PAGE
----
- Clarida says coordinating fiscal, monetary stimulus difficult
- Bank of Japan set to wrap up monetary policy meeting Friday
The Bank of Japan runs at least a 50 percent chance of disappointing market expectations as it prepares to vote Friday on whether to expand monetary stimulus, Pimco’s Richard Clarida said, arguing it will take time to coordinate fresh monetary stimulus and fiscal measures.
“I think 30 percent chance that they don’t do anything, and at least a 50 percent chance that they disappoint whatever they do,” he said in a Bloomberg Television interview Thursday with Tom Keene and Francine Lacqua.
There’s an issue “about potentially coordinating monetary and fiscal -- and that’s complicated to do.” said Clarida, global strategic adviser at Pacific Investment Management Company LLC. “My sense is that that may be a while down the road.”
Expectations for fiscal and monetary stimulus have been rising as a slowdown in overseas demand and the yen’s surge this year are making Japan’s products less attractive overseas and hurting the earnings of exporters. As the BoJ prepares to wrap up a two-day meeting on Friday, many market watchers expect Governor Haruhiko Kuroda to unleash a new round of monetary stimulus while waiting to find out more details about Prime Minister Shinzo Abe’s new 28 trillion yen ($267 billion) economic stimulus.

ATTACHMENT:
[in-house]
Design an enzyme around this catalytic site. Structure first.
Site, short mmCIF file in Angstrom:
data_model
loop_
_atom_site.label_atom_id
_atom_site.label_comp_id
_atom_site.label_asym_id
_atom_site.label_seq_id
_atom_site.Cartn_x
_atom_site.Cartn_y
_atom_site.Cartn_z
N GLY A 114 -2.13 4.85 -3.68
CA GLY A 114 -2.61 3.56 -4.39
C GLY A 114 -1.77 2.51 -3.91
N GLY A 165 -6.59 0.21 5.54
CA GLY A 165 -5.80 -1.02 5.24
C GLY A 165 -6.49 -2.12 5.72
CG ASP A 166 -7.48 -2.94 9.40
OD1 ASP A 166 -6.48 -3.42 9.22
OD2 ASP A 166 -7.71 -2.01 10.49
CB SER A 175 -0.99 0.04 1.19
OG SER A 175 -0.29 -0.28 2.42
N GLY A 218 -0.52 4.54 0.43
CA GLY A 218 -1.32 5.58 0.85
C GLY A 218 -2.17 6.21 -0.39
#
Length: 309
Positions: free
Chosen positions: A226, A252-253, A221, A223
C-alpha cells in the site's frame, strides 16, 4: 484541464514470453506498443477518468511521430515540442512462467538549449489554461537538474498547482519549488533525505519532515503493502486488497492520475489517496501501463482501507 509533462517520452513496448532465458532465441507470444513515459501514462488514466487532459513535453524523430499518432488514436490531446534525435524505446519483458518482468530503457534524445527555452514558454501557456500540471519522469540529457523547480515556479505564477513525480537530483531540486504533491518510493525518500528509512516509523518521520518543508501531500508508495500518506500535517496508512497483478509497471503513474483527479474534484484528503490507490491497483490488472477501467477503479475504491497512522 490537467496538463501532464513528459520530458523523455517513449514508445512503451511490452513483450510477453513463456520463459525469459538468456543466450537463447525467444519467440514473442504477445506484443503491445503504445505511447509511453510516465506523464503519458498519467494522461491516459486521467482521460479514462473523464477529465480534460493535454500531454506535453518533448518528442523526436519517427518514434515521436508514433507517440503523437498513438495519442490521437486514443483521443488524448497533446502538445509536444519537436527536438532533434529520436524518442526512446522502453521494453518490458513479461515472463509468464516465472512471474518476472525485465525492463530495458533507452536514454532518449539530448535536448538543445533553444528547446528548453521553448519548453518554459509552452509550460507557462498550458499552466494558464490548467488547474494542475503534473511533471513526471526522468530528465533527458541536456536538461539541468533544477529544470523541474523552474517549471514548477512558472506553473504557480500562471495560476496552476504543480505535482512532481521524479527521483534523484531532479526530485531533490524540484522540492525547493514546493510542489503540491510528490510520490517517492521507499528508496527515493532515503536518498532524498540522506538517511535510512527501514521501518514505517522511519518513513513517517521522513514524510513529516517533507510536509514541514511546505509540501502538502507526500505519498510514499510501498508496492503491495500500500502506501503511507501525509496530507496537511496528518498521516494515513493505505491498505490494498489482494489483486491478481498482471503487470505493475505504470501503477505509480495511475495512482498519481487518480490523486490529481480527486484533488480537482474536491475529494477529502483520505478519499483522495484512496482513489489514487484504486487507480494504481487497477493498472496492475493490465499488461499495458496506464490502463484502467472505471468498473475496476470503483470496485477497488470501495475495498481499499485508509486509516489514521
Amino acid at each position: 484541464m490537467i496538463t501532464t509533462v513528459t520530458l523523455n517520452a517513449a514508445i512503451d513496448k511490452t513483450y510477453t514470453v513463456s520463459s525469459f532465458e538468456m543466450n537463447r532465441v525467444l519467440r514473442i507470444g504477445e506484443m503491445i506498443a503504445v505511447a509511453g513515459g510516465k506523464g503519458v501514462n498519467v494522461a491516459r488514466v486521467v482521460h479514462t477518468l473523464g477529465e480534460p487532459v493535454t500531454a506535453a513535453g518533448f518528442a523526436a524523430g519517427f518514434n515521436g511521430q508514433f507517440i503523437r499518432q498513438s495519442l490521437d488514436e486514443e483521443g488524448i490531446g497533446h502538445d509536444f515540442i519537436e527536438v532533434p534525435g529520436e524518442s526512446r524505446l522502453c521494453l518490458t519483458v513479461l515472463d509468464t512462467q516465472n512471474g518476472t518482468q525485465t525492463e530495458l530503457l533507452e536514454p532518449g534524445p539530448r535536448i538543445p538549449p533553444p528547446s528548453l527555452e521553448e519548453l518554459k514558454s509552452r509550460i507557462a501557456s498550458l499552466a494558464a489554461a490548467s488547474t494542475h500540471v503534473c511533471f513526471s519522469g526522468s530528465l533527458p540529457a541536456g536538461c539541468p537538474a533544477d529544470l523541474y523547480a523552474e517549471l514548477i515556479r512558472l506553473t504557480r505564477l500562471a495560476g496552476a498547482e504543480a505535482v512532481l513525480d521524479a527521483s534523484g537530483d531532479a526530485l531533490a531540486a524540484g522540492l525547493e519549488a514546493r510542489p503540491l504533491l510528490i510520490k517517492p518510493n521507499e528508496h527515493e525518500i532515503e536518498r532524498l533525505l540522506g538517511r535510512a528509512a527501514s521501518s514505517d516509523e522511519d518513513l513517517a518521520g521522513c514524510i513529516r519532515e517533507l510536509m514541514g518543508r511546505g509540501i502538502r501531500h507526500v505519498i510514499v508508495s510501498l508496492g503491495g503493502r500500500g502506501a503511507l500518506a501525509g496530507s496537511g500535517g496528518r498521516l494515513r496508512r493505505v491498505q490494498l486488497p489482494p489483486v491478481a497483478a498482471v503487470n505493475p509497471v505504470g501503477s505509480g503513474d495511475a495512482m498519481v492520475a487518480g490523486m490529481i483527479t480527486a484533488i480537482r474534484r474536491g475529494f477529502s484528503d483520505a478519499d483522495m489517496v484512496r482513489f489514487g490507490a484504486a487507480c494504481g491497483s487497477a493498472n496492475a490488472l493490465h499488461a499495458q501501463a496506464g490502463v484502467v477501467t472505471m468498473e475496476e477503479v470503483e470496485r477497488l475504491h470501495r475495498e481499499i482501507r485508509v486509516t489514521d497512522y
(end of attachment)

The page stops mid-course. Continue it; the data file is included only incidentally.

Thirty-two of 41 analysts forecast that Kuroda and the BOJ board will expand their record program at the two-day meeting, according to a Bloomberg survey conducted July 15-22.
Clarida said all eyes will be on Kuroda’s actions, arguing it will be difficult to meet market expectations given the anticipation going into the meeting, although he does expect “some easing” to be announced by the BoJ.
“The trouble of course always with the BoJ is that you have to move the needle to beat expectations,” Clarida said. “On average you can’t beat expectations, so we’ll see if Kuroda can pull it off.”
“I don’t think there’s any obvious trade to do to front-run the BoJ” with the decision a day away, Clarida said during the TV interview.